This application is intended to show the implications of analysing two different data sets in isolation and then together in an integrated approach. The two data sets can have different propeties such as the volume and variability of the data. The ultimate goal is assumed to be to detect a trend over time. This tool allows the user to compare the estimated trend and the variability around the trend estimated from using individual data sources and from an integrated approach.
The tool is based on simulated data where the trend, that one is interested in detecting, is known and present in the data. The user can simulate two different data sets according to different design options and input parameters. The monitoring design options specify the number of sites, the intensity of sampling and over how long monitoring is assumed to have taken place over. This felxibility allows the user to specify many different potential designs reflecting real data sets. In addition to this, the user can choose from a preset list of options that automatically define the monitoring design options for that option. The input parameters define the distribution of the data of interest. Here, the user specifies the type of data of interest, the mean values and the different sources of variability. Exisiting preset options are availabie based on real data. These two hypothetical data sets may reflect a national, structured survey and a citizen science scheme or perhaps where supplementary, localized monitoring has occurred. The schematic below shows the different data sets, how they are simulated and the different models fitted.
The tool includes an option to extract the input parameters from an existing data set. The user can simply upload an exisitng data set and the required input parameters, specifying the data distribution will be estimated and returned to the user.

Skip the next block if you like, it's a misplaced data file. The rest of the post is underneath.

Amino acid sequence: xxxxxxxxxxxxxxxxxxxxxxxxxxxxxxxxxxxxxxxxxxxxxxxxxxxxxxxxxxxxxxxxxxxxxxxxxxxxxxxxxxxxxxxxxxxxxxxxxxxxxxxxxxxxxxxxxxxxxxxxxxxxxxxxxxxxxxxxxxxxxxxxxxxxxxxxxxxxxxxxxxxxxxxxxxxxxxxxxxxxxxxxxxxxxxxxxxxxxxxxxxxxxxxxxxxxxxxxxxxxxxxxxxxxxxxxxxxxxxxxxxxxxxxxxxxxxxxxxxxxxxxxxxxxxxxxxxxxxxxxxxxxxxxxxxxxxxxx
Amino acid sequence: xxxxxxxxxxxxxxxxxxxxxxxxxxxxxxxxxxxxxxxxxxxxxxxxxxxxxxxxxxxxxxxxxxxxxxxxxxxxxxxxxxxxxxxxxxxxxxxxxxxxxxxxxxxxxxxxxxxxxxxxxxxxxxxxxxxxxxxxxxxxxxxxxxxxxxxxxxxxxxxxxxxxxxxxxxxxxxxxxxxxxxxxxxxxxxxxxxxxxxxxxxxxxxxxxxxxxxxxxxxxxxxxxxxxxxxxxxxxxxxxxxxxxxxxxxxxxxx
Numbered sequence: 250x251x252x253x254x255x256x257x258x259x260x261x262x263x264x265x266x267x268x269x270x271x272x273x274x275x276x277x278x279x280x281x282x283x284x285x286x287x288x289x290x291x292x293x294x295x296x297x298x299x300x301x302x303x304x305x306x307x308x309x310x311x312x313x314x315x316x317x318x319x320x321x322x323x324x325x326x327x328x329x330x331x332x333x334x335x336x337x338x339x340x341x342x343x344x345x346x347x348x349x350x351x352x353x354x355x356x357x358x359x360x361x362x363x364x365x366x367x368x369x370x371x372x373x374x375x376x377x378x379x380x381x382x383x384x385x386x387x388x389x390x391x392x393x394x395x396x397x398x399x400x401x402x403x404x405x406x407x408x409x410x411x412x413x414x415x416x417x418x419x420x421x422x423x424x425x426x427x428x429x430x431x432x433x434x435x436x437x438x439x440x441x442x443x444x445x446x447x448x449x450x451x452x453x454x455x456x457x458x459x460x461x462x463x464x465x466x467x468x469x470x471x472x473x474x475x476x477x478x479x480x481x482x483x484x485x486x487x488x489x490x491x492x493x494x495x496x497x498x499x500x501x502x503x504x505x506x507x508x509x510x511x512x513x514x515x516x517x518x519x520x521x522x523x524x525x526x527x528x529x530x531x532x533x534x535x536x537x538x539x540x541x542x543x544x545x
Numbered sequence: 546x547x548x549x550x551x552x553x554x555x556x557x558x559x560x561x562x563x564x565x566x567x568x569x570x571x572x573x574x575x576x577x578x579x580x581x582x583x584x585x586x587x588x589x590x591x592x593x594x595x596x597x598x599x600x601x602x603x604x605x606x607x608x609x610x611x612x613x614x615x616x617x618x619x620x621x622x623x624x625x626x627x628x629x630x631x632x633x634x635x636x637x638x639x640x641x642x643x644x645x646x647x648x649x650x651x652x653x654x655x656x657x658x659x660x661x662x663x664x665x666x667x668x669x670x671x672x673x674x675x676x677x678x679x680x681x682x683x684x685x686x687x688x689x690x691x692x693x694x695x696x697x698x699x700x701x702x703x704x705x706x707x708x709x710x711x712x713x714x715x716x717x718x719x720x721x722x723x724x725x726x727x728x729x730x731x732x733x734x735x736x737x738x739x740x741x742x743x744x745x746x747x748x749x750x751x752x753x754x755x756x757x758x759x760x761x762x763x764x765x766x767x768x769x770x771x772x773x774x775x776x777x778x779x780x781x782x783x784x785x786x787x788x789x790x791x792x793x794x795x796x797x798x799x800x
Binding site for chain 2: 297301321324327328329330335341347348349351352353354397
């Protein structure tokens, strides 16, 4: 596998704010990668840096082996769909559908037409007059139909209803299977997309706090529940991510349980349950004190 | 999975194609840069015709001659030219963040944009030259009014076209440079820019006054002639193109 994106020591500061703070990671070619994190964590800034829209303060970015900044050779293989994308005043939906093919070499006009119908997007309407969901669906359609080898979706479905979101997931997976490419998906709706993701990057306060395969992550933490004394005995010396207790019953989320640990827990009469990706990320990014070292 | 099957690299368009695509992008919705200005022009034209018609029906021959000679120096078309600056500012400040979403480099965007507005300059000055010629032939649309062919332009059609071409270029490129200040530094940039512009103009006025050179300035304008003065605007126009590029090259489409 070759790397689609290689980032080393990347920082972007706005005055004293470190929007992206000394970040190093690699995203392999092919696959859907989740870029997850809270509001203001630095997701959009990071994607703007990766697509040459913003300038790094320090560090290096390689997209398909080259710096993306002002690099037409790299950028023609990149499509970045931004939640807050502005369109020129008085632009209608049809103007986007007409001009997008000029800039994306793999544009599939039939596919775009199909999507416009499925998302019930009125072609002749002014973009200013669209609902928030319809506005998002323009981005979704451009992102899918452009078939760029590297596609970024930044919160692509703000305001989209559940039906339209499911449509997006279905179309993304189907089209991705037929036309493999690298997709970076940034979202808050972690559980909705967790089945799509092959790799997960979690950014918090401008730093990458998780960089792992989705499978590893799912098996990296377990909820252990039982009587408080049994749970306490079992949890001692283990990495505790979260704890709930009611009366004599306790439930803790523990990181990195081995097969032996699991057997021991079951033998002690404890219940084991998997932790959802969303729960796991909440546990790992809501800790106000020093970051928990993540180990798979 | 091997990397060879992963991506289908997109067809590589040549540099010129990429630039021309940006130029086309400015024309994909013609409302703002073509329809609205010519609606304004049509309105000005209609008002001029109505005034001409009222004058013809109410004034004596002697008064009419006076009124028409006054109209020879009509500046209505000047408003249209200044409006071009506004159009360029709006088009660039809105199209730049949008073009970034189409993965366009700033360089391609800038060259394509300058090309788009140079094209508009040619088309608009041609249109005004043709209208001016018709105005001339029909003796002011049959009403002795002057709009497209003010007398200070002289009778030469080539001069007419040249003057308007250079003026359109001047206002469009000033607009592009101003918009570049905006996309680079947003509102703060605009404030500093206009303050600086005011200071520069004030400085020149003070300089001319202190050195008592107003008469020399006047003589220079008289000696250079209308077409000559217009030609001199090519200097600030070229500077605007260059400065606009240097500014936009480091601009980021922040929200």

Here the user can specify the properties, representing both the monitoring design and data parameters, for the two different data sets and run trend analyses of data.
Click this button to run models once the data has been defined using the options below
Specify a true trend to estimate from the simulated data
Define Dataset 1
Define Monitoring Design
Define Dataset 2
Define Monitoring Design
Simulated data and model results
A plot of the data simulated according to the specified design and input parameters.
Comparison of fitted models and inference
The table below shows the true trend simulated and the estimated trend from 3 different models. The first model is based on Data Source 1 only; the second model is based on Data Source 2 only; and the third model is based on an integrated assessment using both Data Source 1 and Data Source 2.
The table below shows the variance of the trend estimates from the 3 different models
The plots below show the estimated trend (black line) and the variance around that trend over time (grey region), together with the known, true trend (red line)
Trend estimated from Data Source 1
Trend estimated from Data Source 2
Trend estimated from integrated model using both Data Source 1 and Data Source 2
Run through demonstration
In this brief example, we hypothesize that there are two data sources available that collect data on phosphorus concentrations in the freshwater environment: one data source with 100 sites monitored every year for 10 years; and a secondary source of 50 sites monitored every year for 5 years. The assumed true trend was 0.005, which represented a change in phosphorus concentrations of 0.005 each year. It is this trend we attempt to retrieve from the simulated data and models of that.
First, we parameterize the first data source and specify the 10 years worth of annual data with 100 sites. We also use the inbuilt presets to assume that the variability of the phosphorus data is the same as the observed variability in the river surveillance network. This is specified as shown below:
We then assume that the data from the second data source is only available for 5 years with annual data for 50 sites. As with Data source 1, we assume that the phosphorus data can be parameterised according to the river surveillance network. As with Data Source 1, this data will also undergo the same magnitude of change per year of 0.005. This is all parameterized as shown below.
The resulting data is shown in the boxplot and one can see how the observations differ between the two data sets. The different volume of data can clearly be seen.
Finally we run the models by pressing the fit models button. That produces the plots as shown below. Here we can see how the 'Data Source 1’ data provides a good fit to the truth but, although the Data Source 2 data seems to estimate the overall trend reasonably well, there is much greater variance. In addition to this, the integrated model performs better than either model with the correct trend estimated without any bias and with little uncertainty.
Extract parameters from data frame
This part of the tool allows a user to submit a dataset and extract the relevant parameters required to simulate data on the 'specify values' tab.